Justice Department Resolves 'School-to-Prison Pipeline' Case in Mississippi
Officials with the state of Mississippi and the city of Meridian, Miss., have signed onto an agreement that will "prevent and address unconstitutional youth arrests and probation practices," the U.S. Department of Justice announced Friday.
If the agreement wins court approval, it will resolve a case student civil rights advocates had flagged as an example of the "school-to-prison pipeline." The federal agency sued the city of Meridian, the state of Mississippi, Lauderdale County, Miss.,Youth Court and the Youth Court Judges in 2012, alleging "systematic violations of youths' due process rights."
"The agreement with the city of Meridian addresses the Meridian Police Department's prior practice of arresting students referred by the school district without assessing whether there was sufficient probable cause to justify the arrest," the Justice Department said in a news release. "The settlement agreement prohibits the city police department from arresting youth for behavior that is appropriately addressed as a school discipline issue, and requires documented probable cause determinations for any youth arrested for criminal offenses."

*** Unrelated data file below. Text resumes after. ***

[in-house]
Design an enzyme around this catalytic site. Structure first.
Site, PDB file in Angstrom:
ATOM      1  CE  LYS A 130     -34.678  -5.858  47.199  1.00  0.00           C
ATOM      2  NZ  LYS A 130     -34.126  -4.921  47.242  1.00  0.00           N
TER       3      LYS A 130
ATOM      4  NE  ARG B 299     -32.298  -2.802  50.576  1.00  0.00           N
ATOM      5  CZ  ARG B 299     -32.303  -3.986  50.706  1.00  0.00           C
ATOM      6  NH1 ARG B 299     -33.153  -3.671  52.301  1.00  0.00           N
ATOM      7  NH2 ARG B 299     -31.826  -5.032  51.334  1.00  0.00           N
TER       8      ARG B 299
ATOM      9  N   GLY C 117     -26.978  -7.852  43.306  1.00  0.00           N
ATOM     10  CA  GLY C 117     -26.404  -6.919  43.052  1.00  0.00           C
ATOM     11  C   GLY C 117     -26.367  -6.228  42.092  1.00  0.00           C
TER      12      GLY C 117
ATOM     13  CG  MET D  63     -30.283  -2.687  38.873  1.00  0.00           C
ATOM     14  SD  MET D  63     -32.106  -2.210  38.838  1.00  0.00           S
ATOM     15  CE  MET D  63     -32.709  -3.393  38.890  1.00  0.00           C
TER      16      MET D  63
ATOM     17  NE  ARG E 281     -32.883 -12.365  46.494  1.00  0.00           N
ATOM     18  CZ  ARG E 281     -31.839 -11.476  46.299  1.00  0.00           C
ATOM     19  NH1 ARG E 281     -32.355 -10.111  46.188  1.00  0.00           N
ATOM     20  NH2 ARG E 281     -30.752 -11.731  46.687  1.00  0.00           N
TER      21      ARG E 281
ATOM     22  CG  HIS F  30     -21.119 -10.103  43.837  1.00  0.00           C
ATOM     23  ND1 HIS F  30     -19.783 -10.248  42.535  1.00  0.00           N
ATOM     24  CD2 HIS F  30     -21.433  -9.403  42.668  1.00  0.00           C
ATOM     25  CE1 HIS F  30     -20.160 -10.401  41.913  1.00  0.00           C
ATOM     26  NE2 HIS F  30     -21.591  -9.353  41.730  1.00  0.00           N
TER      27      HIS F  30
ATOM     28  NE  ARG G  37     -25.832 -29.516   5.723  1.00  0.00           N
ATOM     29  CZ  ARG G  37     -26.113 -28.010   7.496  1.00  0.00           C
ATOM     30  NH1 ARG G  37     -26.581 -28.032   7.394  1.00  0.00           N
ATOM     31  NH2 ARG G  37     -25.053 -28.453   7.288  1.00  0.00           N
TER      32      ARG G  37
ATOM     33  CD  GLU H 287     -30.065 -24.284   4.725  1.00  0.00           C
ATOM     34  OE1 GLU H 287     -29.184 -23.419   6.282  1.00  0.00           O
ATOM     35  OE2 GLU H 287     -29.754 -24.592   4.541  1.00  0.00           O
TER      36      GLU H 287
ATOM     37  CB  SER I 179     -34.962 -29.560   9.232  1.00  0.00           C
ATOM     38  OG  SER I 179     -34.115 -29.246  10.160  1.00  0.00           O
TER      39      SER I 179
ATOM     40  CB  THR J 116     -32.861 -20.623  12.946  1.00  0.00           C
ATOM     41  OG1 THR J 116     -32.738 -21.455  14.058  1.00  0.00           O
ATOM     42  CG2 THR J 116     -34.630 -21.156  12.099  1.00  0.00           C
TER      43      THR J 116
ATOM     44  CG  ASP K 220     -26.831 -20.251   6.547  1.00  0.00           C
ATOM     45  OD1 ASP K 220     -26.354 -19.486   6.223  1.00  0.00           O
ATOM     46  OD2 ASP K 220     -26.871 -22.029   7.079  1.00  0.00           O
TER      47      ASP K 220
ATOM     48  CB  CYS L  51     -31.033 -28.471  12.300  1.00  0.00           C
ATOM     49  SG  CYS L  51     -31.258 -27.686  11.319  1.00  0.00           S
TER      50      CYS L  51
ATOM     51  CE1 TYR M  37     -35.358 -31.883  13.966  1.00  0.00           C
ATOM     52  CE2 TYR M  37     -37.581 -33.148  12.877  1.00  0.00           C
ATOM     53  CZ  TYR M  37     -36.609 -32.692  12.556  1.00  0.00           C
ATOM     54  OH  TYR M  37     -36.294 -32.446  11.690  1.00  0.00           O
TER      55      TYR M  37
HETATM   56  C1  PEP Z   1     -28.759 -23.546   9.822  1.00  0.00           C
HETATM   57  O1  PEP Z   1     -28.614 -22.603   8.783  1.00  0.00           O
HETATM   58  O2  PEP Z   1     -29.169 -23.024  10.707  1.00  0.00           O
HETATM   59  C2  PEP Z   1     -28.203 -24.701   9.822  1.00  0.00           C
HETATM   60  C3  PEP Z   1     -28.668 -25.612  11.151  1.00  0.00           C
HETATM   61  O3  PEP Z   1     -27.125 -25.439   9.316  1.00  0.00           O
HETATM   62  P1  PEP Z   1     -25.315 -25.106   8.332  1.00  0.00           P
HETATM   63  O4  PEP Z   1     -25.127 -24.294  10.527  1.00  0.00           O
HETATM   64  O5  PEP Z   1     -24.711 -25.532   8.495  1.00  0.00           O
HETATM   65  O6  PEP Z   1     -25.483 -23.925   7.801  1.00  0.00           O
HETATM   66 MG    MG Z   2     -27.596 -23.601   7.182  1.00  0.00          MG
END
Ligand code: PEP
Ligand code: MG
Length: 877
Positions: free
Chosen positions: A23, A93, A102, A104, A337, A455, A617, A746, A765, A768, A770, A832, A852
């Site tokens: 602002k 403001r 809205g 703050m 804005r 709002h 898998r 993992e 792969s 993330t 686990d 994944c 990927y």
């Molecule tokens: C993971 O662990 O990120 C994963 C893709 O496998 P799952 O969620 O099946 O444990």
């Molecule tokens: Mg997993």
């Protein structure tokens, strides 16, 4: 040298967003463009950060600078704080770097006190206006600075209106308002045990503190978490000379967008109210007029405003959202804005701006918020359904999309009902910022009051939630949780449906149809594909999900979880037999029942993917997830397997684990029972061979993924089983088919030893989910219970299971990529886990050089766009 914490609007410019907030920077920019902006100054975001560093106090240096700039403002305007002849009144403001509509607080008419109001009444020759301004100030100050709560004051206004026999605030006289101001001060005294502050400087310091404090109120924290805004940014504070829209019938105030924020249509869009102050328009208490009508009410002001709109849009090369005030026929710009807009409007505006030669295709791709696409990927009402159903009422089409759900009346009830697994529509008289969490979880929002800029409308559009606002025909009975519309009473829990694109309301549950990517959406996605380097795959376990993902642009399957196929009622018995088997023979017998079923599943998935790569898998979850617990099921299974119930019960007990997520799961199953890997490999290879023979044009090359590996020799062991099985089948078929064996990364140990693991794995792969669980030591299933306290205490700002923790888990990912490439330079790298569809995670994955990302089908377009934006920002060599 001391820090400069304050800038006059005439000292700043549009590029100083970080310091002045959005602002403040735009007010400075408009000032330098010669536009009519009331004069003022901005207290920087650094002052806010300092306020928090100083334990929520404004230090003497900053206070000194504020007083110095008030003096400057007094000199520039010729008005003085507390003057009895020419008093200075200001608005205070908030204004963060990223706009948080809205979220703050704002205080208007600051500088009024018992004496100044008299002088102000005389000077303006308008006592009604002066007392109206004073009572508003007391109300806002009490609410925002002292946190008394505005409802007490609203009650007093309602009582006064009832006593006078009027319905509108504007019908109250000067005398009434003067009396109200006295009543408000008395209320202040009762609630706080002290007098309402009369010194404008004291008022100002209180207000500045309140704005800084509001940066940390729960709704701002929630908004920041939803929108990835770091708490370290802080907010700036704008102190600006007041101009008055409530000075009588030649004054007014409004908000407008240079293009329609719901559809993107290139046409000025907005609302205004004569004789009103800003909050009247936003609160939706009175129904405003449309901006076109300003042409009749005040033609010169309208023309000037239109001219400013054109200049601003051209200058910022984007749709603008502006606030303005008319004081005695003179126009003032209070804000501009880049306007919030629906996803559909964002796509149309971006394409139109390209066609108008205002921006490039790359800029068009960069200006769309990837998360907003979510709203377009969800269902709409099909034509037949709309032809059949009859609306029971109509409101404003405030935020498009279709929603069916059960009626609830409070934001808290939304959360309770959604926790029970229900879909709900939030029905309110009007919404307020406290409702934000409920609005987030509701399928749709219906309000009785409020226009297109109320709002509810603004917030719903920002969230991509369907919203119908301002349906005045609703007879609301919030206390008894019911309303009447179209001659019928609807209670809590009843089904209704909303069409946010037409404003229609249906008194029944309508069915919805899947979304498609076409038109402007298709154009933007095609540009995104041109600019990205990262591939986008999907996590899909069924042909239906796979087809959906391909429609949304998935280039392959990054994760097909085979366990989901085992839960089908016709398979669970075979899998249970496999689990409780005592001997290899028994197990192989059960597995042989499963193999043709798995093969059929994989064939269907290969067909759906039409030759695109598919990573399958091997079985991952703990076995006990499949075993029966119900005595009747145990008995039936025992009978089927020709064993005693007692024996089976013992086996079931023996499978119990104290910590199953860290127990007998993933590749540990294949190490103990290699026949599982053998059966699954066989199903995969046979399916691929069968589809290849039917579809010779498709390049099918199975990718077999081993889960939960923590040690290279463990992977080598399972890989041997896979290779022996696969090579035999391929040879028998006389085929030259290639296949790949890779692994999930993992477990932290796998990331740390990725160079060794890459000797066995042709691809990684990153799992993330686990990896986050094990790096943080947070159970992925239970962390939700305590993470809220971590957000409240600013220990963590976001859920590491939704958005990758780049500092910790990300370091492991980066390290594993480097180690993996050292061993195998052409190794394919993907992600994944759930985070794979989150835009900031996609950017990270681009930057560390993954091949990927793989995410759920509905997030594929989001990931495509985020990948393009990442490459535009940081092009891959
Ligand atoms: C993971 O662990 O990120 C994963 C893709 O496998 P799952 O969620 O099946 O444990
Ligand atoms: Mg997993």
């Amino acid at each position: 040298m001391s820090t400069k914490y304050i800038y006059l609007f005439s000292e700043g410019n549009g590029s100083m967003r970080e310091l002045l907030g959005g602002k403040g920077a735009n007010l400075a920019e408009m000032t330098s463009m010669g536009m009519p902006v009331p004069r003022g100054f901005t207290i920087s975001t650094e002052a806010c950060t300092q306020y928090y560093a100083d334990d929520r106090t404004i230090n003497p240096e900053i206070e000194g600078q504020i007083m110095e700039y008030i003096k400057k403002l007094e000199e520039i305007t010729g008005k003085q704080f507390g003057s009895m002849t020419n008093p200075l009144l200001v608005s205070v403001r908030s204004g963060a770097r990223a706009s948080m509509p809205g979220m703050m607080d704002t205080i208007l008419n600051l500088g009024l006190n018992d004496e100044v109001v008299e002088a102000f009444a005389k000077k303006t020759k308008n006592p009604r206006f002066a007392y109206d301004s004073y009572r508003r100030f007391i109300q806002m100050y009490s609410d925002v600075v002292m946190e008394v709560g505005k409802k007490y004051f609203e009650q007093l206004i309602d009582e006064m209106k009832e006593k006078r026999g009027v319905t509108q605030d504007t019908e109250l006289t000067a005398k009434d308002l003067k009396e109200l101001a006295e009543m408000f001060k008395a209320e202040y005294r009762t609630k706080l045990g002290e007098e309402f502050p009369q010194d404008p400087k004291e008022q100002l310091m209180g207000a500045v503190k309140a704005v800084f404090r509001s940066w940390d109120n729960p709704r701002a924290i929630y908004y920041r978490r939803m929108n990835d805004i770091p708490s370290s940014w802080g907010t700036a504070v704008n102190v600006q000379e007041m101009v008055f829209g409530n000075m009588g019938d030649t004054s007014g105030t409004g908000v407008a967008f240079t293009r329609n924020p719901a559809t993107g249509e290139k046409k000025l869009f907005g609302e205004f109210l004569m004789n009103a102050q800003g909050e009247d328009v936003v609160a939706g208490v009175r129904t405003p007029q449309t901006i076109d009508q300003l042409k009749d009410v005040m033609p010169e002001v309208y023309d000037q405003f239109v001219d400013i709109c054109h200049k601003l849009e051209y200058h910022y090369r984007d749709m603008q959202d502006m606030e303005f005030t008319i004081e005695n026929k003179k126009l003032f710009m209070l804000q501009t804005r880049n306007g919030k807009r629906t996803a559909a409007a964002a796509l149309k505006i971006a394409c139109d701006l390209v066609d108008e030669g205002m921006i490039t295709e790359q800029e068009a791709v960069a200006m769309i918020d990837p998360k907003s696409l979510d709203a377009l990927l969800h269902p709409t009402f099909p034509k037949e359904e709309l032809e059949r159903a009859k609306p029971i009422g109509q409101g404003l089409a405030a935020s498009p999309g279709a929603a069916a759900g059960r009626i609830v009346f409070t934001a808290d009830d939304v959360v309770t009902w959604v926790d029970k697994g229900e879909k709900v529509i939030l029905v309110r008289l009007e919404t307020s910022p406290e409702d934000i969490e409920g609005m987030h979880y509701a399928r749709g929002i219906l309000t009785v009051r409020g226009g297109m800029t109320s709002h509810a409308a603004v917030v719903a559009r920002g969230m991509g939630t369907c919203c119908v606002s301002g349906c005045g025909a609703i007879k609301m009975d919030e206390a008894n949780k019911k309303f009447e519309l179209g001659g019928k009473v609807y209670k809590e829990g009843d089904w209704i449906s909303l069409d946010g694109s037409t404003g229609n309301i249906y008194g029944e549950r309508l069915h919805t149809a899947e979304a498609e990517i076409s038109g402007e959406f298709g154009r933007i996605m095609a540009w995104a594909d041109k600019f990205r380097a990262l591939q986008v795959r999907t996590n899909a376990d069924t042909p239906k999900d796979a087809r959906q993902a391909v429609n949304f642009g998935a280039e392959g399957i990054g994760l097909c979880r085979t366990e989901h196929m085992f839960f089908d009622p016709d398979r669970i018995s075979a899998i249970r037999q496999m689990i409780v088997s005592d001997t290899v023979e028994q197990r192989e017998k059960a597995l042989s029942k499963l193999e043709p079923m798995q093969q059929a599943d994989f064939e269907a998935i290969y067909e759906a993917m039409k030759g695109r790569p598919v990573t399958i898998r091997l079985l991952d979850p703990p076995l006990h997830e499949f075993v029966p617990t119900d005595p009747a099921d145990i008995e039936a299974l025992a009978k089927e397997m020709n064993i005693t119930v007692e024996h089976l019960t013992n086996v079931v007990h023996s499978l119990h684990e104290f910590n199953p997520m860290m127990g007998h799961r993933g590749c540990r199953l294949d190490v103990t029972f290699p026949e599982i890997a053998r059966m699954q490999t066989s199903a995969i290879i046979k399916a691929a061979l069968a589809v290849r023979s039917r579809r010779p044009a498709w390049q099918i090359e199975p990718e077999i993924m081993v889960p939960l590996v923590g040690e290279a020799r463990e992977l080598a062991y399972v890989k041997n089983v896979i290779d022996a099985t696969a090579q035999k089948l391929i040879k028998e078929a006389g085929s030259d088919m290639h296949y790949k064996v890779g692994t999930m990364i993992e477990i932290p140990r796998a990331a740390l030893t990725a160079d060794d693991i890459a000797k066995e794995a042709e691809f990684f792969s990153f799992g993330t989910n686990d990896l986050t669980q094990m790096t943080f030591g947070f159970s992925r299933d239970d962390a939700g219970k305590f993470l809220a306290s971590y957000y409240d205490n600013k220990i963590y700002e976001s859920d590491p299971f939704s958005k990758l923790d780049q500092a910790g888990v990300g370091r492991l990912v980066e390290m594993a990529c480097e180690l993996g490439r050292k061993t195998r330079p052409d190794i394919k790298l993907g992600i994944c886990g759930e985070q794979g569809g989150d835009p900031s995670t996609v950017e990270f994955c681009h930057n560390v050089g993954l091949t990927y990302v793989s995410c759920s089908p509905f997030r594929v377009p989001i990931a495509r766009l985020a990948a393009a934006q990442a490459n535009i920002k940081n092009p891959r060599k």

The agreement also requires city police to issue Miranda warnings "as soon as a youth reasonably believes he or she is not free to leave and prohibiting officers from interviewing detained youth unless a guardian or attorney is present."
An agreement with the state also addresses youth probation practices
. It requires a clear explanation of youths' rights and prohibiting officers from "recommending incarcerating youths for violations of their probation contracts that would not otherwise amount to detainable offenses, unless and until all other reasonable alternatives to incarceration have been exhausted."
The 6,100-student Meridian School District made a similar agreement with the Justice Department in 2013 to address discriminatory discipline practices that federal officials said led to higher rates of discipline for black students than for their white peers.